Exporting lethal surveillance tech: UK asked to investigate spyware firm
Privacy rights activists are calling on HM Revenue and Customs (HMRC) to investigate spyware firm Gamma International and its exports of surveillance software to repressive regimes, such as Bahrain, calling the transactions “criminal” and “illegal”.
The campaign group Privacy International (PI) confirmed in a press release that Gamma International is selling surveillance technology to regimes with horrific human rights records without a proper license.
The software being sold is powerful enough to intercept text messages, phone and Skype calls, remotely turn on cameras and microphones, log keystrokes and copy files, The Guardian reported.
The activist group sent a 186-page report to HMRC, saying that that technology sold is being used to spy on activists, who are later targeted by repressive regimes and "amounts to criminal conduct".
PI is calling for greater restrictions on export of UK’s surveillance software, arguing that it is not guarded by the same export laws as traditional weapons.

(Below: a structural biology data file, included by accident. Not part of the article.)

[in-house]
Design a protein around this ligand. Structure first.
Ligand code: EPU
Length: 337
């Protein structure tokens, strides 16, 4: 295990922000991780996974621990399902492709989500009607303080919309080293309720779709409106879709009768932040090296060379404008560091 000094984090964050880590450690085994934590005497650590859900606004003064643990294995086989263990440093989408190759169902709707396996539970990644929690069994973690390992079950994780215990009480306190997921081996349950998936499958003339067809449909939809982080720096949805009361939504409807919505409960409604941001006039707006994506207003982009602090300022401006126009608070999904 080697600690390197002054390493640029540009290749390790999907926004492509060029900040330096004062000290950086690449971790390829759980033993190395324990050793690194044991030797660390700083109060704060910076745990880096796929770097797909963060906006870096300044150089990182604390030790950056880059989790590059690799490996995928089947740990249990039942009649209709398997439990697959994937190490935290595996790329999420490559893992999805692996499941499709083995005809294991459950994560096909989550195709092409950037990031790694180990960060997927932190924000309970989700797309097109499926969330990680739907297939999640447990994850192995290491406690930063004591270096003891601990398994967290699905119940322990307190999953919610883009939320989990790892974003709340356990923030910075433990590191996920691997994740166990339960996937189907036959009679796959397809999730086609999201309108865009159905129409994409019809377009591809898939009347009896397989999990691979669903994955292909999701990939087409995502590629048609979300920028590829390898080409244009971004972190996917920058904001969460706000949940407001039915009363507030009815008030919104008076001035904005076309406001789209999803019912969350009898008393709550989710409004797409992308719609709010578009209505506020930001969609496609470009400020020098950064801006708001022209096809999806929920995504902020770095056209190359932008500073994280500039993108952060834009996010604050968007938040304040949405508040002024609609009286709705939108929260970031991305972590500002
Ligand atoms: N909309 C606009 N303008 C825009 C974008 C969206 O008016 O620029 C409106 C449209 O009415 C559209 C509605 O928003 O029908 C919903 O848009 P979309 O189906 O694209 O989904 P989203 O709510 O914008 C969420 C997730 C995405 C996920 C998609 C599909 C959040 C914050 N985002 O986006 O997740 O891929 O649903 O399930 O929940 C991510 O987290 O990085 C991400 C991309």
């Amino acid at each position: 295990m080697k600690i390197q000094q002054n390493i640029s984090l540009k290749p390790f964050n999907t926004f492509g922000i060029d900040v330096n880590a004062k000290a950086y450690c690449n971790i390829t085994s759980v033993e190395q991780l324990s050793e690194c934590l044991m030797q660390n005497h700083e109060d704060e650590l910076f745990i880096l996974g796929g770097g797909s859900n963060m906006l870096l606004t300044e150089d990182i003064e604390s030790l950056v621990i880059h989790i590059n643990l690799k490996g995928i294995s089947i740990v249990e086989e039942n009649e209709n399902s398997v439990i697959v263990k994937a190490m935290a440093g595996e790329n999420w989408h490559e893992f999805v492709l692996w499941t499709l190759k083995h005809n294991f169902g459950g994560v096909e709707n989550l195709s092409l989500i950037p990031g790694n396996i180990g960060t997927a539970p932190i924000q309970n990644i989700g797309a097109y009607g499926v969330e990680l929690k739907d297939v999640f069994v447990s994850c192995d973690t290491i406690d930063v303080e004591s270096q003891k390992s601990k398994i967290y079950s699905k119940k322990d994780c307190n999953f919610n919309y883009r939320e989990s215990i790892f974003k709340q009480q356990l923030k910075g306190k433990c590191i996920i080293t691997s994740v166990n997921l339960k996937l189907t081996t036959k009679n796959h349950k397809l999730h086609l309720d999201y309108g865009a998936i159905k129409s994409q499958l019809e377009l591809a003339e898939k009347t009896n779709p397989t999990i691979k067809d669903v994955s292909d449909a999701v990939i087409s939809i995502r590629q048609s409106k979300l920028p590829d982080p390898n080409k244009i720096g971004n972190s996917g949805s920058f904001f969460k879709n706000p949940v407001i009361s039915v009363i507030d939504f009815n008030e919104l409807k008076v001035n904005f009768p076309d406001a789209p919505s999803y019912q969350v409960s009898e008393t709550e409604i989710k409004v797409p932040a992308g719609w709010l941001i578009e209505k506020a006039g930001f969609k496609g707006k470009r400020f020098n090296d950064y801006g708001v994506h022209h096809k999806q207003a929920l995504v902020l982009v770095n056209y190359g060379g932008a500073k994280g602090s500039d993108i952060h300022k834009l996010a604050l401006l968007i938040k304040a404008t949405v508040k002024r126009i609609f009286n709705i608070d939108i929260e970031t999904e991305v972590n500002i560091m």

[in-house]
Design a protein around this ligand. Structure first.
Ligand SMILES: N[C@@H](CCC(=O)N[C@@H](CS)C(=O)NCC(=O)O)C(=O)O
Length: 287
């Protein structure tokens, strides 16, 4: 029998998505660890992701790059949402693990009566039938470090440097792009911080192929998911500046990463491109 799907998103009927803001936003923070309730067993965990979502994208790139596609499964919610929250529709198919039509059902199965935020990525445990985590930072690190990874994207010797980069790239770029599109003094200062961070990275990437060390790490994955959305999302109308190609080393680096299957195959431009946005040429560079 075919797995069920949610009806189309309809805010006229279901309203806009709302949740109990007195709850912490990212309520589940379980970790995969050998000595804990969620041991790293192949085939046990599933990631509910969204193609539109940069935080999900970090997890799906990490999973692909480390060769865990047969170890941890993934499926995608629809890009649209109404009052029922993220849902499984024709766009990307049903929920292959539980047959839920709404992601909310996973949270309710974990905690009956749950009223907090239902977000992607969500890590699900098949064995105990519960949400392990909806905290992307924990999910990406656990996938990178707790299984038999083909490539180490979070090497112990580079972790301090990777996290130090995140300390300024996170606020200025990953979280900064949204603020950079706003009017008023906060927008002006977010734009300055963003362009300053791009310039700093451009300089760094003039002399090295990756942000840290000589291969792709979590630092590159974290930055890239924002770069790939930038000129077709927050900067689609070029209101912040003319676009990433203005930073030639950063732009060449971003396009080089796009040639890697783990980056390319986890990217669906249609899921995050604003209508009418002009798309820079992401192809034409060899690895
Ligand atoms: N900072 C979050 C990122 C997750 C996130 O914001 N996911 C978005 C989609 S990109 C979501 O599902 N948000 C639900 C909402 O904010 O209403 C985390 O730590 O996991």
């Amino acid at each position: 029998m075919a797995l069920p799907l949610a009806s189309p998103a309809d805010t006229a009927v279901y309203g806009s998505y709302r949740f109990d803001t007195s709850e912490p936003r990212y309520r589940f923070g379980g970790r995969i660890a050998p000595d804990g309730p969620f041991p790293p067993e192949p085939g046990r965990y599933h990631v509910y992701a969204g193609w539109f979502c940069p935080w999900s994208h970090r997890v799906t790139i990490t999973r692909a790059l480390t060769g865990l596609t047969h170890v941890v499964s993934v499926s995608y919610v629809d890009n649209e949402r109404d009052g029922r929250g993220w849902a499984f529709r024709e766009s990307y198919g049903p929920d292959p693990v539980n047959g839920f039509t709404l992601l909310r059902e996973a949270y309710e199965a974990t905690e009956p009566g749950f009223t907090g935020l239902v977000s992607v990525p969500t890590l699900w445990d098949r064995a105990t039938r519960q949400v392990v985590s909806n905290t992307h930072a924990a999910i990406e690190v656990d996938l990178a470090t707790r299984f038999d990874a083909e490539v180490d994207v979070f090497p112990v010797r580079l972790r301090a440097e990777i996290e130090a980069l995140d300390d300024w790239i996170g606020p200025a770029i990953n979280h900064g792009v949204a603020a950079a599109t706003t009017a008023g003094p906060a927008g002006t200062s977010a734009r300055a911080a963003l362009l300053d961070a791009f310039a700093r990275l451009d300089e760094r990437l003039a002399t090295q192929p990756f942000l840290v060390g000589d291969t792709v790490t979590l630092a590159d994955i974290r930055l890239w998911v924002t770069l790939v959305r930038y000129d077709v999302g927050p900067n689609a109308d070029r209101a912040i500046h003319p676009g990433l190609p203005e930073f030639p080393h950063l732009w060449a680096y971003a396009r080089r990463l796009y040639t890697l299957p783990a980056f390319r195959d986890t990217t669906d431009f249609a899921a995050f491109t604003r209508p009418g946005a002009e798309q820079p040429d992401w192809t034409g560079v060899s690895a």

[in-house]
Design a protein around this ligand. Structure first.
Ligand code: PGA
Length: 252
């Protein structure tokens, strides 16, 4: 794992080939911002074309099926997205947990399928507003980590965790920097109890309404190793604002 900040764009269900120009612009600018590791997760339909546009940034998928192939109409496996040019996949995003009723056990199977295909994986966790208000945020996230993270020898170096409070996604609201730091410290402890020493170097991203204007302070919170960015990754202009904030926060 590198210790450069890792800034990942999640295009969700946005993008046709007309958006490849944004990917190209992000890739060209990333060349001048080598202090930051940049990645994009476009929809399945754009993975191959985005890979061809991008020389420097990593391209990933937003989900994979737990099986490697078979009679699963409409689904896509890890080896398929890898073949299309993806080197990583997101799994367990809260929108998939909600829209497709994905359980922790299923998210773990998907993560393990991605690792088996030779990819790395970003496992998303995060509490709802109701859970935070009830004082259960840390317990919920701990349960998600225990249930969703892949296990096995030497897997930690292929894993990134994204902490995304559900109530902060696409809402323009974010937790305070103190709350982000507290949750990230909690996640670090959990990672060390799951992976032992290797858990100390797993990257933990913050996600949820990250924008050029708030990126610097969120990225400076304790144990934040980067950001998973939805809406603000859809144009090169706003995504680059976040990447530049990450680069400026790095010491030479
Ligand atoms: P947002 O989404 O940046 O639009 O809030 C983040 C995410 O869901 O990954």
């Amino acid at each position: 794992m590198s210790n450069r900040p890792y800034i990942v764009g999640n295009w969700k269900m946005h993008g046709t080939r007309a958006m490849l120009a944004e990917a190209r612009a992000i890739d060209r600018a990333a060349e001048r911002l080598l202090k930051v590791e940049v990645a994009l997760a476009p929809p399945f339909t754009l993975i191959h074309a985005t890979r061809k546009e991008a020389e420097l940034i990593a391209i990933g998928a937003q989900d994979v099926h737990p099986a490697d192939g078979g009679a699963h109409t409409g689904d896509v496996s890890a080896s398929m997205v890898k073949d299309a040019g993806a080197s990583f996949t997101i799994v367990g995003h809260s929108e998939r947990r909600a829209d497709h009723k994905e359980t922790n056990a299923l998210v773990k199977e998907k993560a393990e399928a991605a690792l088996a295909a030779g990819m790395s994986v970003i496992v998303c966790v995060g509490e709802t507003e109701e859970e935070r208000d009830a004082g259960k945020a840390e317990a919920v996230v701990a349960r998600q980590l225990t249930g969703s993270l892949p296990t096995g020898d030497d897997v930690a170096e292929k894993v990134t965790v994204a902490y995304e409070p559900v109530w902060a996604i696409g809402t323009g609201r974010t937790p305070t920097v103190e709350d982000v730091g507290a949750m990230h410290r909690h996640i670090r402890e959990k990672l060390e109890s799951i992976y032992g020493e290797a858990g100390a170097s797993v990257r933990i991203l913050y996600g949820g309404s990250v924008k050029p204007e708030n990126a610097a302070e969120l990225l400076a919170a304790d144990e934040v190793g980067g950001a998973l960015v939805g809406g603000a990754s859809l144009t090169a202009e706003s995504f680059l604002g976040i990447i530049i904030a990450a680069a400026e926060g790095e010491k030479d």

"For years, British companies like Gamma International have had carte blanche to sell incredibly powerful surveillance technologies to any government that can afford them, even when they are subsequently used to target human rights defenders,” head of research at Privacy International, Eric King, told The Guardian.
Due to PI’s efforts, the UK’s Department for Business, Innovation and Skills advised Gamma International that the FinSpy products have been controlled by EU legislation since 2000 and “require a license” in order to export outside the EU. This means that the tech firm would have to disclose the names of suppliers is exports to.